One of them presented the men with a plastic jug of water pulled from behind one of the dams, where the water is choked with bright green algae and pressed them to open the jug and smell the toxic brew. Another noted that an entire generation of water protectors had been raised in this fight under the oppressive weight of a sick river. Jon Luke Gensaw pulled off his COVID-19 facial covering, telling the men to take a good look at his face.
“If this doesn’t end, you’re going to see more of us,” he said. “I want you to remember my face because you’ll see me again.”
Chook-Chook Hillman, who joined the effort to remove the dams when he was a teenager and whose dad would take him to the meetings with upriver irrigators and ranchers that led to the 2010 dam removal agreement that died in Congress, started by asking his son to present the executives with a gift.
“Thank you—very kind,” one of them can be heard to stammer in a recording of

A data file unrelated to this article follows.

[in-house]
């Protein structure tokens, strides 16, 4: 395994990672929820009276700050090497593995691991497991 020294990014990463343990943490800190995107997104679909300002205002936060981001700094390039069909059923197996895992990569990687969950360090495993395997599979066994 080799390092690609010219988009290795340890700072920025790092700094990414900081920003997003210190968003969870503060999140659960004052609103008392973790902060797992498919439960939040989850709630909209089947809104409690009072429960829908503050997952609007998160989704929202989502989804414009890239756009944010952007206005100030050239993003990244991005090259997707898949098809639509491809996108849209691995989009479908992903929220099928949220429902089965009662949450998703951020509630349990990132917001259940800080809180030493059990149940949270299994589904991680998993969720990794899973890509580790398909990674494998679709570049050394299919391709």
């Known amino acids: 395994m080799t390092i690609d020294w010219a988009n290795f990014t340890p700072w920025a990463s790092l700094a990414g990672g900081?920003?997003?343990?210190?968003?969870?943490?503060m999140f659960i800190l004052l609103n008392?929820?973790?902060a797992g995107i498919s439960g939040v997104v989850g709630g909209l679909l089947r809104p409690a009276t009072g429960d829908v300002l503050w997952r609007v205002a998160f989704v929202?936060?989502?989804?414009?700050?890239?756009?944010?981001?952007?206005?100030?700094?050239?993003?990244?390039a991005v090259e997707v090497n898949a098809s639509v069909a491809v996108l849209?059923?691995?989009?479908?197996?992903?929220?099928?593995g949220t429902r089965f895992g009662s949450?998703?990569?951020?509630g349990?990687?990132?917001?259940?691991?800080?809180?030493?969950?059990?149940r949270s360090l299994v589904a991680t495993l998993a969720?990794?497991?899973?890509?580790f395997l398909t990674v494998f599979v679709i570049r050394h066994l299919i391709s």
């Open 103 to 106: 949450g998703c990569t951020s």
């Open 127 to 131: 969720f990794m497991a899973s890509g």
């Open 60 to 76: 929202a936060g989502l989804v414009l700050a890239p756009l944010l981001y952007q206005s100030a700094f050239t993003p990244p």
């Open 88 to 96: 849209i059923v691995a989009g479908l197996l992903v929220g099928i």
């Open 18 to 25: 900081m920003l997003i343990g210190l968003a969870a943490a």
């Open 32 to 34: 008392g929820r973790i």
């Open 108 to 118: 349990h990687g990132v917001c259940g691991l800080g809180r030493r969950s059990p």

The gift, Hillman later told the men, was a small white flag affixed to a wooden stick. Hillman said he and his fellow water protectors would be waiting when the executives and tribal officials returned downriver. If they waved the flag, it would be a sign that an agreement had been restored. But if not, Hillman warned, Berkshire Hathaway should brace for protests like it had never seen.
“If you guys ain’t waiving that flag when you’re coming down the river—it’s on,”
Annelia Hillman told the executives that the health of the river is their responsibility—their problem—and one that’s going to effect their children and grandchildren, their futures.
“It’s affecting you, too,” she said. “Don’t think this is an Indian problem. It’s your fucking problem, too.”
After a tense 15 or so minutes, the blockade moved to the side and the boats headed on. When they came back down again some hours later, Hillman said no one aboard would make eye contact with him or the other water protectors.
The flag was nowhere to be seen.
About six weeks before that day on the river, the Federal Energy Regulatory Commission had issued a ruling that put the groundbreaking dam removal deal—itself a resuscitation of a more ambitious deal reached in 2010 that was dependent on Congressional approval that withered on the vine—in serious jeopardy.